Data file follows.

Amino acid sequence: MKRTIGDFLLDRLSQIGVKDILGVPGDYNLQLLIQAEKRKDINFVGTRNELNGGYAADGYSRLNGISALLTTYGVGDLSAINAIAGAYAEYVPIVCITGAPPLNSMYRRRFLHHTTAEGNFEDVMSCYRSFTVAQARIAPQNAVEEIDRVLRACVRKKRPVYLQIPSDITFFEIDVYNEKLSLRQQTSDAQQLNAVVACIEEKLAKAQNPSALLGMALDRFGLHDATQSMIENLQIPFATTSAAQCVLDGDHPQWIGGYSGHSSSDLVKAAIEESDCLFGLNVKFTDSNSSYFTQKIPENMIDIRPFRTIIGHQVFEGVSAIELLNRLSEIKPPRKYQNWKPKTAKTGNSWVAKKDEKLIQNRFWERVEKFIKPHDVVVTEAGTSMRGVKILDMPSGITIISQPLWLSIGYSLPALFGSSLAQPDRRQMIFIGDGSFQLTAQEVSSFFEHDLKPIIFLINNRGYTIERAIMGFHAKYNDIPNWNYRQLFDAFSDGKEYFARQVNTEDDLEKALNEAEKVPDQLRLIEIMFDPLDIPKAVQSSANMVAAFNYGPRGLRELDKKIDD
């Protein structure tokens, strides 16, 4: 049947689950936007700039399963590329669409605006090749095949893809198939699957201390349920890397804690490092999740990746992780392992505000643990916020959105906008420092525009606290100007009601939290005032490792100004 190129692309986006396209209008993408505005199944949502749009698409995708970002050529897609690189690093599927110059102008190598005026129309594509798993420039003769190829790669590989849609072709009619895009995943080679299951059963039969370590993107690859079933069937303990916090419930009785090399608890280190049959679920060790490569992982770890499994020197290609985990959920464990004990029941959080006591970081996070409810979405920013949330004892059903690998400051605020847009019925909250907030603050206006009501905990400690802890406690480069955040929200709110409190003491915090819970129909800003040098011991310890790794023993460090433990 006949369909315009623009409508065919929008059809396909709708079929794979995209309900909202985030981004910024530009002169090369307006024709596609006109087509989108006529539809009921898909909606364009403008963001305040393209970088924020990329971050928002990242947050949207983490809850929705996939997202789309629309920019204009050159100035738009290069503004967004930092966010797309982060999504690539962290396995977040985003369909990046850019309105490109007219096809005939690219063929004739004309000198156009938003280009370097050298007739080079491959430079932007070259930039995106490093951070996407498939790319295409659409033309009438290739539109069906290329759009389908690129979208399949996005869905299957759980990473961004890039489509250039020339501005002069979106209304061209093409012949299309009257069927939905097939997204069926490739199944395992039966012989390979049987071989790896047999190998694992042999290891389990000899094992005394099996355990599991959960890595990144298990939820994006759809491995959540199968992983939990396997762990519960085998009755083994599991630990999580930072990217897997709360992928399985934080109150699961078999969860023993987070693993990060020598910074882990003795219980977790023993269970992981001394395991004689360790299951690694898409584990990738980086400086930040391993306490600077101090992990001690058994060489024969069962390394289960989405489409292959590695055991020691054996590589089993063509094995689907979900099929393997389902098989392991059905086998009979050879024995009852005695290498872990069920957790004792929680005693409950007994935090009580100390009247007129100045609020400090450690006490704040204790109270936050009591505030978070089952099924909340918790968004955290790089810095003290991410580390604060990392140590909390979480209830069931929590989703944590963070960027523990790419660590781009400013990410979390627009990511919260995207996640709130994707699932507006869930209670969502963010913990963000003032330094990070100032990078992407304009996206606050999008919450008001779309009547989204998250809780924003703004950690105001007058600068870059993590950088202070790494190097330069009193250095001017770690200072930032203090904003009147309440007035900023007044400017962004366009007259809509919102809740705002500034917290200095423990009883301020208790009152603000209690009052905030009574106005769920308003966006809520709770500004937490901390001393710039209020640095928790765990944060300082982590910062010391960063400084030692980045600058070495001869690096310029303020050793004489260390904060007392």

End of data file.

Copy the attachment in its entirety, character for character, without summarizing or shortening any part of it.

Amino acid sequence: MKRTIGDFLLDRLSQIGVKDILGVPGDYNLQLLIQAEKRKDINFVGTRNELNGGYAADGYSRLNGISALLTTYGVGDLSAINAIAGAYAEYVPIVCITGAPPLNSMYRRRFLHHTTAEGNFEDVMSCYRSFTVAQARIAPQNAVEEIDRVLRACVRKKRPVYLQIPSDITFFEIDVYNEKLSLRQQTSDAQQLNAVVACIEEKLAKAQNPSALLGMALDRFGLHDATQSMIENLQIPFATTSAAQCVLDGDHPQWIGGYSGHSSSDLVKAAIEESDCLFGLNVKFTDSNSSYFTQKIPENMIDIRPFRTIIGHQVFEGVSAIELLNRLSEIKPPRKYQNWKPKTAKTGNSWVAKKDEKLIQNRFWERVEKFIKPHDVVVTEAGTSMRGVKILDMPSGITIISQPLWLSIGYSLPALFGSSLAQPDRRQMIFIGDGSFQLTAQEVSSFFEHDLKPIIFLINNRGYTIERAIMGFHAKYNDIPNWNYRQLFDAFSDGKEYFARQVNTEDDLEKALNEAEKVPDQLRLIEIMFDPLDIPKAVQSSANMVAAFNYGPRGLRELDKKIDD
């Protein structure tokens, strides 16, 4: 049947689950936007700039399963590329669409605006090749095949893809198939699957201390349920890397804690490092999740990746992780392992505000643990916020959105906008420092525009606290100007009601939290005032490792100004 190129692309986006396209209008993408505005199944949502749009698409995708970002050529897609690189690093599927110059102008190598005026129309594509798993420039003769190829790669590989849609072709009619895009995943080679299951059963039969370590993107690859079933069937303990916090419930009785090399608890280190049959679920060790490569992982770890499994020197290609985990959920464990004990029941959080006591970081996070409810979405920013949330004892059903690998400051605020847009019925909250907030603050206006009501905990400690802890406690480069955040929200709110409190003491915090819970129909800003040098011991310890790794023993460090433990 006949369909315009623009409508065919929008059809396909709708079929794979995209309900909202985030981004910024530009002169090369307006024709596609006109087509989108006529539809009921898909909606364009403008963001305040393209970088924020990329971050928002990242947050949207983490809850929705996939997202789309629309920019204009050159100035738009290069503004967004930092966010797309982060999504690539962290396995977040985003369909990046850019309105490109007219096809005939690219063929004739004309000198156009938003280009370097050298007739080079491959430079932007070259930039995106490093951070996407498939790319295409659409033309009438290739539109069906290329759009389908690129979208399949996005869905299957759980990473961004890039489509250039020339501005002069979106209304061209093409012949299309009257069927939905097939997204069926490739199944395992039966012989390979049987071989790896047999190998694992042999290891389990000899094992005394099996355990599991959960890595990144298990939820994006759809491995959540199968992983939990396997762990519960085998009755083994599991630990999580930072990217897997709360992928399985934080109150699961078999969860023993987070693993990060020598910074882990003795219980977790023993269970992981001394395991004689360790299951690694898409584990990738980086400086930040391993306490600077101090992990001690058994060489024969069962390394289960989405489409292959590695055991020691054996590589089993063509094995689907979900099929393997389902098989392991059905086998009979050879024995009852005695290498872990069920957790004792929680005693409950007994935090009580100390009247007129100045609020400090450690006490704040204790109270936050009591505030978070089952099924909340918790968004955290790089810095003290991410580390604060990392140590909390979480209830069931929590989703944590963070960027523990790419660590781009400013990410979390627009990511919260995207996640709130994707699932507006869930209670969502963010913990963000003032330094990070100032990078992407304009996206606050999008919450008001779309009547989204998250809780924003703004950690105001007058600068870059993590950088202070790494190097330069009193250095001017770690200072930032203090904003009147309440007035900023007044400017962004366009007259809509919102809740705002500034917290200095423990009883301020208790009152603000209690009052905030009574106005769920308003966006809520709770500004937490901390001393710039209020640095928790765990944060300082982590910062010391960063400084030692980045600058070495001869690096310029303020050793004489260390904060007392």